Emmanuel Macron arrived in Libreville on Wednesday for a four-day tour of central Africa, intended to usher in a new era in the relationship between France and the continent where anti-French resentment continues to grow. The head of state landed in the Gabonese capital in the early evening and immediately headed for the presidency for a dinner with his counterpart Ali Bongo, noted a journalist from Agence France-Presse.
He also announced a reduction in the French military presence, focused for ten years on the fight against jihadism in the Sahel, but which has become the embodiment of the colonial heritage in the eyes of a youth eager for "new" independence. "Africa is not a backyard," hammered the French president, advocating a "posture of modesty and listening" following on from his speech in Ouagadougou in November 2017.
Emmanuel Macron says he now wants to rely on civil society and the African diasporas to turn the page on "Françafrique", long made up of troubled links and support for local potentates. "Our interest is first and foremost democracy," he insists, also promising to "defend French economic interests" where many countries, from China to Turkey, are advancing openly. The exercise promises to be delicate in Gabon where the opposition accuses him of "doubting" through his visit President Ali Bongo, elected under controversial conditions in 2016 and likely candidate for re-election this year.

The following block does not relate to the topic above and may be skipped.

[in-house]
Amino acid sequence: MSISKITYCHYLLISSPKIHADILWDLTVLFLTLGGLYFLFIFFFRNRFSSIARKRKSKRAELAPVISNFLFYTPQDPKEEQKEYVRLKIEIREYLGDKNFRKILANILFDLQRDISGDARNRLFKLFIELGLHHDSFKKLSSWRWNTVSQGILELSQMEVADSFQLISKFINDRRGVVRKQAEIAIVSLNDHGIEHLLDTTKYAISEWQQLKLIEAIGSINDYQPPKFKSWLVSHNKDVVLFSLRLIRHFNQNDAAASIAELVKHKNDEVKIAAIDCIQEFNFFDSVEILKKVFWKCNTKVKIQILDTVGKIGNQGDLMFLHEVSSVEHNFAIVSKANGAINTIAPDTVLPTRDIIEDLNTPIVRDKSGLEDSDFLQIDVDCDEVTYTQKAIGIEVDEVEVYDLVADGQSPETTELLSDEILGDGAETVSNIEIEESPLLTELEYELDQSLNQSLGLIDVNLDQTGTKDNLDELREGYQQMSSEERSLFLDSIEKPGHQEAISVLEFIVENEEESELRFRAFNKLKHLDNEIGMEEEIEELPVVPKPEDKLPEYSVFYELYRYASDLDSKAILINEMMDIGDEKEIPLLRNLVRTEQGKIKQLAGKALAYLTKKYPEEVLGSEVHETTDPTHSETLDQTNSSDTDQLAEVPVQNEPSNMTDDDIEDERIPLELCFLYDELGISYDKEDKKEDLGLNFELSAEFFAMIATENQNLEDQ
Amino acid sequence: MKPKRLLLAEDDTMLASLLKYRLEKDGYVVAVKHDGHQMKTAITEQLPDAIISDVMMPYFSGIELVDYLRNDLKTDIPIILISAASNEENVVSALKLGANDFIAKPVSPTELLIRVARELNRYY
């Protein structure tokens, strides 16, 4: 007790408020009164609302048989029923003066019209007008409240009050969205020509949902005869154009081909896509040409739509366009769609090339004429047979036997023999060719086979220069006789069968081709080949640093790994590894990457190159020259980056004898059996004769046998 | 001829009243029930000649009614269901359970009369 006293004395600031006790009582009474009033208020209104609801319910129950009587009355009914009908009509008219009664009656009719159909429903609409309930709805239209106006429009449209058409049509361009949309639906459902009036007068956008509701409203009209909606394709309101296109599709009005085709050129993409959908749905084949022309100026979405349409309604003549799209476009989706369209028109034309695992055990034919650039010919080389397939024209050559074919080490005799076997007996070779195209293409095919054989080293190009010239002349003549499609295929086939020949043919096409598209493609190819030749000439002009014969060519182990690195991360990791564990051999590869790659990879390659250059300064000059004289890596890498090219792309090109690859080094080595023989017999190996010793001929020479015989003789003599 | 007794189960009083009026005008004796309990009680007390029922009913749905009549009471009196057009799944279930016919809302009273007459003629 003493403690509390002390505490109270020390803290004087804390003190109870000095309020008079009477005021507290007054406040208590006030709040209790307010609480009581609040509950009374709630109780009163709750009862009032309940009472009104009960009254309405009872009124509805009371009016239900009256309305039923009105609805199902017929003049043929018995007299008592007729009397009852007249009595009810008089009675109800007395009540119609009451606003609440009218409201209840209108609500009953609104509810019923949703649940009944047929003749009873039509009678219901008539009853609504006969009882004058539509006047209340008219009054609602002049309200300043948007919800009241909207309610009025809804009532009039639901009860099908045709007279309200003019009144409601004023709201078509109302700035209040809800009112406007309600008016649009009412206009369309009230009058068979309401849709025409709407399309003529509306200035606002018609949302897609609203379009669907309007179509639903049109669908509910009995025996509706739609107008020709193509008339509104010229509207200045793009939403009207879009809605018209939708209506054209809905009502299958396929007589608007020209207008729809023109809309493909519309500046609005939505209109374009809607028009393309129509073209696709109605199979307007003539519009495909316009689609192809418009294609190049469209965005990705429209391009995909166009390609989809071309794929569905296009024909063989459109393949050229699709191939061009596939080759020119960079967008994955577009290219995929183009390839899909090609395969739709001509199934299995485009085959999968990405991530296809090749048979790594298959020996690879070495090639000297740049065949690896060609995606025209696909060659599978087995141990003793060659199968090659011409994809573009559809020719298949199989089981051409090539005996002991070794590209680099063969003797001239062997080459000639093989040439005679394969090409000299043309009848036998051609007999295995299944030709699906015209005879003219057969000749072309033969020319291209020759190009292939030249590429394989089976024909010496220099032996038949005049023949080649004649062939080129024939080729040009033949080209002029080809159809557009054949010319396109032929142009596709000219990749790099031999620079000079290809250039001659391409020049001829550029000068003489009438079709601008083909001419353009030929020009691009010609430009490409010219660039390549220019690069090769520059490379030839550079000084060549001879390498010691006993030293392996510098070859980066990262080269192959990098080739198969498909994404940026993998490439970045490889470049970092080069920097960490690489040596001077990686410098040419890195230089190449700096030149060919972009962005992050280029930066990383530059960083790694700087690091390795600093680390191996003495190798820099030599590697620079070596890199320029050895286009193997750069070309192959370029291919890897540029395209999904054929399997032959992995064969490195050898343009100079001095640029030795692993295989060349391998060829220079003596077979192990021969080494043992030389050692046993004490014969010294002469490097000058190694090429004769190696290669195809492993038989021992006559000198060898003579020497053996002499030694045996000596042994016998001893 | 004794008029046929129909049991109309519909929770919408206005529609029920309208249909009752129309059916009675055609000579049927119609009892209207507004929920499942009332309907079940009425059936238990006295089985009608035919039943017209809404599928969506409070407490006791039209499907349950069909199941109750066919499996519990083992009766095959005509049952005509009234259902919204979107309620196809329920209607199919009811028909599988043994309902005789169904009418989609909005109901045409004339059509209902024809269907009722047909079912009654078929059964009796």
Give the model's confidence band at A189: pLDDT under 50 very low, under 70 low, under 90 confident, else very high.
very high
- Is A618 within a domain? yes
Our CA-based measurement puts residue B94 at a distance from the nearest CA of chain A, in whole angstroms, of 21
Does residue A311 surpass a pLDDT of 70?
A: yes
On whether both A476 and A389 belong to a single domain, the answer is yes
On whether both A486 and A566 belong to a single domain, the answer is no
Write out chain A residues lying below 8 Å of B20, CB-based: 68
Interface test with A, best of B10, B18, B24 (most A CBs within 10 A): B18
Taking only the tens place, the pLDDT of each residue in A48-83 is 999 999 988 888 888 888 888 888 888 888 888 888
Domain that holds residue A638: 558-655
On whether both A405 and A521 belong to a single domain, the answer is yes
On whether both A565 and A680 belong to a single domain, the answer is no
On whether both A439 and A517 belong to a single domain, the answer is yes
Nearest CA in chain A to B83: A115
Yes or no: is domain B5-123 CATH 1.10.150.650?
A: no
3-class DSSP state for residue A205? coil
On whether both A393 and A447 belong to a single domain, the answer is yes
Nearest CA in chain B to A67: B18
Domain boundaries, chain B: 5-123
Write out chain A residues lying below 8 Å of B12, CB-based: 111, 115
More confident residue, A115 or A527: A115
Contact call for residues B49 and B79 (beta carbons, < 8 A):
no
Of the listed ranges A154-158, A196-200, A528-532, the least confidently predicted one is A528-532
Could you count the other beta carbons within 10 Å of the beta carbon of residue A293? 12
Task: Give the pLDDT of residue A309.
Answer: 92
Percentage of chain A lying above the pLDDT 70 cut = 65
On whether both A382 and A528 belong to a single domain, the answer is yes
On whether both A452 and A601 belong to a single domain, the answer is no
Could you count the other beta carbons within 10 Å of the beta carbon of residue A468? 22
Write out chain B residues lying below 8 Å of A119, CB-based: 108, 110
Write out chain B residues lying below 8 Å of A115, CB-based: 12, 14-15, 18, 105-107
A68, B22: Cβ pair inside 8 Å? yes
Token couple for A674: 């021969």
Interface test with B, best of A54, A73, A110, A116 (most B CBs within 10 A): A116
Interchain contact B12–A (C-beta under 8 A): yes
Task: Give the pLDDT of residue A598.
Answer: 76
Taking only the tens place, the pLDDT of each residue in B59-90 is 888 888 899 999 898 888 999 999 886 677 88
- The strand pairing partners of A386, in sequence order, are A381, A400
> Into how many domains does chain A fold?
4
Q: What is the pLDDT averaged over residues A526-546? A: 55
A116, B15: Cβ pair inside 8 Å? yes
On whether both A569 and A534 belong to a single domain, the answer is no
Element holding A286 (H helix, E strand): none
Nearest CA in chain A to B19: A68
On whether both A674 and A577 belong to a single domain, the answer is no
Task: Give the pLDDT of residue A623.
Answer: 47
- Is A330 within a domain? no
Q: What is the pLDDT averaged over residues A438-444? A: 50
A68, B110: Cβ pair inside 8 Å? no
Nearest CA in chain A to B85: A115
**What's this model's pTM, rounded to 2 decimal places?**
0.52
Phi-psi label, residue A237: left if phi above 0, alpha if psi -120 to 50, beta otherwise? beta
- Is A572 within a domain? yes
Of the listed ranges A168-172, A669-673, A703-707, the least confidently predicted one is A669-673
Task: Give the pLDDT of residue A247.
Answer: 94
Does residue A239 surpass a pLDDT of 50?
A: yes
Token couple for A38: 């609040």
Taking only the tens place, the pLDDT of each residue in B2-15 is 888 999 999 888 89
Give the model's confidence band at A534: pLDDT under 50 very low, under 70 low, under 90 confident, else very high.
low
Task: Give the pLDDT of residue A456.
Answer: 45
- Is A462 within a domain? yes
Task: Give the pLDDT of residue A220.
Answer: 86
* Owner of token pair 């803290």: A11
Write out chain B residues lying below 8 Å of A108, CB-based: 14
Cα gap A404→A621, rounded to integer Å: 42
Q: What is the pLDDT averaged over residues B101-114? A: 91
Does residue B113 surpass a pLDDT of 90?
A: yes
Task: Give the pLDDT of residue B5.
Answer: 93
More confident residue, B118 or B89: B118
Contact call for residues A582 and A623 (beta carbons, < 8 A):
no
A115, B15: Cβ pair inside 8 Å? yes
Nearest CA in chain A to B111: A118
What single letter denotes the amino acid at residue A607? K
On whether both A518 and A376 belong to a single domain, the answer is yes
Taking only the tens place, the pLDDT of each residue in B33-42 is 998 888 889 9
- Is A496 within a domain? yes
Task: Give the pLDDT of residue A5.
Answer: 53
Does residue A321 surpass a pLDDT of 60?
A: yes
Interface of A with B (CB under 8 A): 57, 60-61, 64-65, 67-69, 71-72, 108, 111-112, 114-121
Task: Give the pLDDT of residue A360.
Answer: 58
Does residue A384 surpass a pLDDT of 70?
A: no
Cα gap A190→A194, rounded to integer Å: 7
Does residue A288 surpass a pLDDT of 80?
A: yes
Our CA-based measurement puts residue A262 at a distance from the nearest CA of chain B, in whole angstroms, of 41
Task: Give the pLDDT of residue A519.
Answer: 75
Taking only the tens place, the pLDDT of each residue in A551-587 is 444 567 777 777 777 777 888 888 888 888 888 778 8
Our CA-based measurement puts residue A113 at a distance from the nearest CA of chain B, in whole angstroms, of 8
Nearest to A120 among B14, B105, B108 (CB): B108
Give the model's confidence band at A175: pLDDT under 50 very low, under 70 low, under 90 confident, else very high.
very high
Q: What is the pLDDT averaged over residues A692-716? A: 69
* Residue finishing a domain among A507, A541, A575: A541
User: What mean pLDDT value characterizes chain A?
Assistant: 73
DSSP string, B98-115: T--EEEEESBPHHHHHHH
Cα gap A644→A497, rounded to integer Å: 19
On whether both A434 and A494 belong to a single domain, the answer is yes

To survey the non-French-speaking lands of Africa and to broaden France's horizons on the continent, the Head of State will also sign an agreement in Angola on Friday aimed at developing the agricultural sector there. He will then make a brief stopover in Brazzaville where President Denis Sassou Nguesso has ruled the Congo with an iron fist for nearly 40 years, a meeting which again risks appearing against the grain of his speech on Monday.
The Democratic Republic of Congo (DRC), a former Belgian colony but also the largest French-speaking country in the world, will undoubtedly offer him a better opportunity to unfold his vision of Africa. But here too President Félix Tshisekedi, in power since January 2019, is preparing for an election this year, and the opposition does not see this visit favorably. "Macron assassin, Putin to the rescue", also chanted on Wednesday a few dozen young Congolese, Russian flags in support, accusing France of supporting Rwanda against Kinshasa in the rebellion raging in the east of the DRC.